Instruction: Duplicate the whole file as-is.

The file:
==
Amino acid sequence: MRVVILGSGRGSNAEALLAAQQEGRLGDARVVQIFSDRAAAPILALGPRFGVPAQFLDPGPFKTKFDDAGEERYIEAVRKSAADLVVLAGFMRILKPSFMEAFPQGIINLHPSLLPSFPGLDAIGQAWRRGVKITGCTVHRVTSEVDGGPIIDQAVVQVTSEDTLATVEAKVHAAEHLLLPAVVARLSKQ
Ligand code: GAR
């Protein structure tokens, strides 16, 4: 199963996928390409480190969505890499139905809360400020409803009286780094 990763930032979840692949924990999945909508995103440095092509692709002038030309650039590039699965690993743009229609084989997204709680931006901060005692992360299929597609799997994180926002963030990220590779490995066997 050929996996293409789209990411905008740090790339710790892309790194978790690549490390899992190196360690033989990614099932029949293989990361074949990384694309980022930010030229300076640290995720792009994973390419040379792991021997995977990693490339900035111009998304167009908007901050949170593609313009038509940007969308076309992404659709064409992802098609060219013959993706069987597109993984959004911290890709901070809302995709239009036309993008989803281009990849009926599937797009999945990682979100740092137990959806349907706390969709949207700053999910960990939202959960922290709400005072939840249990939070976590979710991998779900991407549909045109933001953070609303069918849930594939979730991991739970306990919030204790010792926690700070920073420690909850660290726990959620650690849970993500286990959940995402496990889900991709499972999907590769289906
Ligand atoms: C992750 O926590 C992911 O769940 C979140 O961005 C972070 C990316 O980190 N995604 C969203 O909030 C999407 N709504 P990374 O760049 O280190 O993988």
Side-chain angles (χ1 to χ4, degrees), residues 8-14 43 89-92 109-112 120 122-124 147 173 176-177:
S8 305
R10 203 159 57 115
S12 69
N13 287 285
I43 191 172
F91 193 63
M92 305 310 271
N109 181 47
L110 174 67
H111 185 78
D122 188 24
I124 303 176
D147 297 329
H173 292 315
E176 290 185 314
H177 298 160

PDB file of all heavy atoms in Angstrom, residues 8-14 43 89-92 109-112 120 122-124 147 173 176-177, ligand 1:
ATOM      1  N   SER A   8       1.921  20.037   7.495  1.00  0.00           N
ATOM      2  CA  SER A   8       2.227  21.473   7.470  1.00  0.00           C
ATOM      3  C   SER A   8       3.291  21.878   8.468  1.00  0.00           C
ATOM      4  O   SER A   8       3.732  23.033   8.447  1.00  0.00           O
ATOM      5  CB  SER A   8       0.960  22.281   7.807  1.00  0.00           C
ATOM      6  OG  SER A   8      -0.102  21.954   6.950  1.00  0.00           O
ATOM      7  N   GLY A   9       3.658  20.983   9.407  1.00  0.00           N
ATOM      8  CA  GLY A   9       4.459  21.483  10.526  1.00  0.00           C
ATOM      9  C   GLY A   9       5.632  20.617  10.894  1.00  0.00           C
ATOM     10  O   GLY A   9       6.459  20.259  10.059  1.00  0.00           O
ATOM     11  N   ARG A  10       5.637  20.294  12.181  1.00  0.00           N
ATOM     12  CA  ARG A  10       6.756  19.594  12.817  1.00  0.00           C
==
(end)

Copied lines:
Amino acid sequence: MRVVILGSGRGSNAEALLAAQQEGRLGDARVVQIFSDRAAAPILALGPRFGVPAQFLDPGPFKTKFDDAGEERYIEAVRKSAADLVVLAGFMRILKPSFMEAFPQGIINLHPSLLPSFPGLDAIGQAWRRGVKITGCTVHRVTSEVDGGPIIDQAVVQVTSEDTLATVEAKVHAAEHLLLPAVVARLSKQ
Ligand code: GAR
């Protein structure tokens, strides 16, 4: 199963996928390409480190969505890499139905809360400020409803009286780094 990763930032979840692949924990999945909508995103440095092509692709002038030309650039590039699965690993743009229609084989997204709680931006901060005692992360299929597609799997994180926002963030990220590779490995066997 050929996996293409789209990411905008740090790339710790892309790194978790690549490390899992190196360690033989990614099932029949293989990361074949990384694309980022930010030229300076640290995720792009994973390419040379792991021997995977990693490339900035111009998304167009908007901050949170593609313009038509940007969308076309992404659709064409992802098609060219013959993706069987597109993984959004911290890709901070809302995709239009036309993008989803281009990849009926599937797009999945990682979100740092137990959806349907706390969709949207700053999910960990939202959960922290709400005072939840249990939070976590979710991998779900991407549909045109933001953070609303069918849930594939979730991991739970306990919030204790010792926690700070920073420690909850660290726990959620650690849970993500286990959940995402496990889900991709499972999907590769289906
Ligand atoms: C992750 O926590 C992911 O769940 C979140 O961005 C972070 C990316 O980190 N995604 C969203 O909030 C999407 N709504 P990374 O760049 O280190 O993988």
Side-chain angles (χ1 to χ4, degrees), residues 8-14 43 89-92 109-112 120 122-124 147 173 176-177:
S8 305
R10 203 159 57 115
S12 69
N13 287 285
I43 191 172
F91 193 63
M92 305 310 271
N109 181 47
L110 174 67
H111 185 78
D122 188 24
I124 303 176
D147 297 329
H173 292 315
E176 290 185 314
H177 298 160

PDB file of all heavy atoms in Angstrom, residues 8-14 43 89-92 109-112 120 122-124 147 173 176-177, ligand 1:
ATOM      1  N   SER A   8       1.921  20.037   7.495  1.00  0.00           N
ATOM      2  CA  SER A   8       2.227  21.473   7.470  1.00  0.00           C
ATOM      3  C   SER A   8       3.291  21.878   8.468  1.00  0.00           C
ATOM      4  O   SER A   8       3.732  23.033   8.447  1.00  0.00           O
ATOM      5  CB  SER A   8       0.960  22.281   7.807  1.00  0.00           C
ATOM      6  OG  SER A   8      -0.102  21.954   6.950  1.00  0.00           O
ATOM      7  N   GLY A   9       3.658  20.983   9.407  1.00  0.00           N
ATOM      8  CA  GLY A   9       4.459  21.483  10.526  1.00  0.00           C
ATOM      9  C   GLY A   9       5.632  20.617  10.894  1.00  0.00           C
ATOM     10  O   GLY A   9       6.459  20.259  10.059  1.00  0.00           O
ATOM     11  N   ARG A  10       5.637  20.294  12.181  1.00  0.00           N
ATOM     12  CA  ARG A  10       6.756  19.594  12.817  1.00  0.00           C